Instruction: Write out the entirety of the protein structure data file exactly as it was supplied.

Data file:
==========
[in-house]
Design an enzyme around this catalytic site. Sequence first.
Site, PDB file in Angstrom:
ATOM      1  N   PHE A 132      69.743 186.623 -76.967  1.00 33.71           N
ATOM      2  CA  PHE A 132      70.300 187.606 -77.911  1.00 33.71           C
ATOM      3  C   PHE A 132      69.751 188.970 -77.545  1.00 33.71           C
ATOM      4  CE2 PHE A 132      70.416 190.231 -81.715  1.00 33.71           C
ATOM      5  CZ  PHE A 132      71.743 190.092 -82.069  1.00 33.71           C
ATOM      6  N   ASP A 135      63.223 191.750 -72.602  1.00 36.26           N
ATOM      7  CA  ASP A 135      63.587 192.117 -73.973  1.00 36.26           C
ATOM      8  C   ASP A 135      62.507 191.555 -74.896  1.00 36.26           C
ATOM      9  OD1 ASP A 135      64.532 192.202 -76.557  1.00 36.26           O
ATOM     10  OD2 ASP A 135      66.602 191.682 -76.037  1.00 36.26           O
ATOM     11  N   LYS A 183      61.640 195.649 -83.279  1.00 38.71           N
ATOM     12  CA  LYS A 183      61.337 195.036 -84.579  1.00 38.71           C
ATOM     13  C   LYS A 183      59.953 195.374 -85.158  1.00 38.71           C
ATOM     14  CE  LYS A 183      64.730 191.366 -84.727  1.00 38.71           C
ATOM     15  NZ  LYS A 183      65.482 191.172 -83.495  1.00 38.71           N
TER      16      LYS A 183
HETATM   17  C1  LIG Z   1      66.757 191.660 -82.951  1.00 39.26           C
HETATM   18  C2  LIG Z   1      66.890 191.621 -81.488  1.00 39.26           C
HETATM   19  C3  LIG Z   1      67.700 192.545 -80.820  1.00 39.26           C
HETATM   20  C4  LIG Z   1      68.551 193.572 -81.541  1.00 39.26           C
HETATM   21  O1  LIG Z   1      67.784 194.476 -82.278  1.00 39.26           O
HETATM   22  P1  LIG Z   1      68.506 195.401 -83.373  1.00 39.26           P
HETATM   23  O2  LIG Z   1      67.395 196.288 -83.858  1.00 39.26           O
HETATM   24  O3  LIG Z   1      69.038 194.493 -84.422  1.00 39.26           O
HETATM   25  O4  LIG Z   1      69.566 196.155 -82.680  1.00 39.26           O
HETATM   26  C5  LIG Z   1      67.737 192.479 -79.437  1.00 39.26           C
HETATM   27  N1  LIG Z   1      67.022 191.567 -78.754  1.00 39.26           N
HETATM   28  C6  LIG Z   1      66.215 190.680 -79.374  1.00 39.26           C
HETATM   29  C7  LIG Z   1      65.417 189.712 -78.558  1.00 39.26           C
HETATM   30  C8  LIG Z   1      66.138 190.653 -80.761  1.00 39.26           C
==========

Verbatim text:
[in-house]
Design an enzyme around this catalytic site. Sequence first.
Site, PDB file in Angstrom:
ATOM      1  N   PHE A 132      69.743 186.623 -76.967  1.00 33.71           N
ATOM      2  CA  PHE A 132      70.300 187.606 -77.911  1.00 33.71           C
ATOM      3  C   PHE A 132      69.751 188.970 -77.545  1.00 33.71           C
ATOM      4  CE2 PHE A 132      70.416 190.231 -81.715  1.00 33.71           C
ATOM      5  CZ  PHE A 132      71.743 190.092 -82.069  1.00 33.71           C
ATOM      6  N   ASP A 135      63.223 191.750 -72.602  1.00 36.26           N
ATOM      7  CA  ASP A 135      63.587 192.117 -73.973  1.00 36.26           C
ATOM      8  C   ASP A 135      62.507 191.555 -74.896  1.00 36.26           C
ATOM      9  OD1 ASP A 135      64.532 192.202 -76.557  1.00 36.26           O
ATOM     10  OD2 ASP A 135      66.602 191.682 -76.037  1.00 36.26           O
ATOM     11  N   LYS A 183      61.640 195.649 -83.279  1.00 38.71           N
ATOM     12  CA  LYS A 183      61.337 195.036 -84.579  1.00 38.71           C
ATOM     13  C   LYS A 183      59.953 195.374 -85.158  1.00 38.71           C
ATOM     14  CE  LYS A 183      64.730 191.366 -84.727  1.00 38.71           C
ATOM     15  NZ  LYS A 183      65.482 191.172 -83.495  1.00 38.71           N
TER      16      LYS A 183
HETATM   17  C1  LIG Z   1      66.757 191.660 -82.951  1.00 39.26           C
HETATM   18  C2  LIG Z   1      66.890 191.621 -81.488  1.00 39.26           C
HETATM   19  C3  LIG Z   1      67.700 192.545 -80.820  1.00 39.26           C
HETATM   20  C4  LIG Z   1      68.551 193.572 -81.541  1.00 39.26           C
HETATM   21  O1  LIG Z   1      67.784 194.476 -82.278  1.00 39.26           O
HETATM   22  P1  LIG Z   1      68.506 195.401 -83.373  1.00 39.26           P
HETATM   23  O2  LIG Z   1      67.395 196.288 -83.858  1.00 39.26           O
HETATM   24  O3  LIG Z   1      69.038 194.493 -84.422  1.00 39.26           O
HETATM   25  O4  LIG Z   1      69.566 196.155 -82.680  1.00 39.26           O
HETATM   26  C5  LIG Z   1      67.737 192.479 -79.437  1.00 39.26           C
HETATM   27  N1  LIG Z   1      67.022 191.567 -78.754  1.00 39.26           N
HETATM   28  C6  LIG Z   1      66.215 190.680 -79.374  1.00 39.26           C
HETATM   29  C7  LIG Z   1      65.417 189.712 -78.558  1.00 39.26           C
HETATM   30  C8  LIG Z   1      66.138 190.653 -80.761  1.00 39.26           C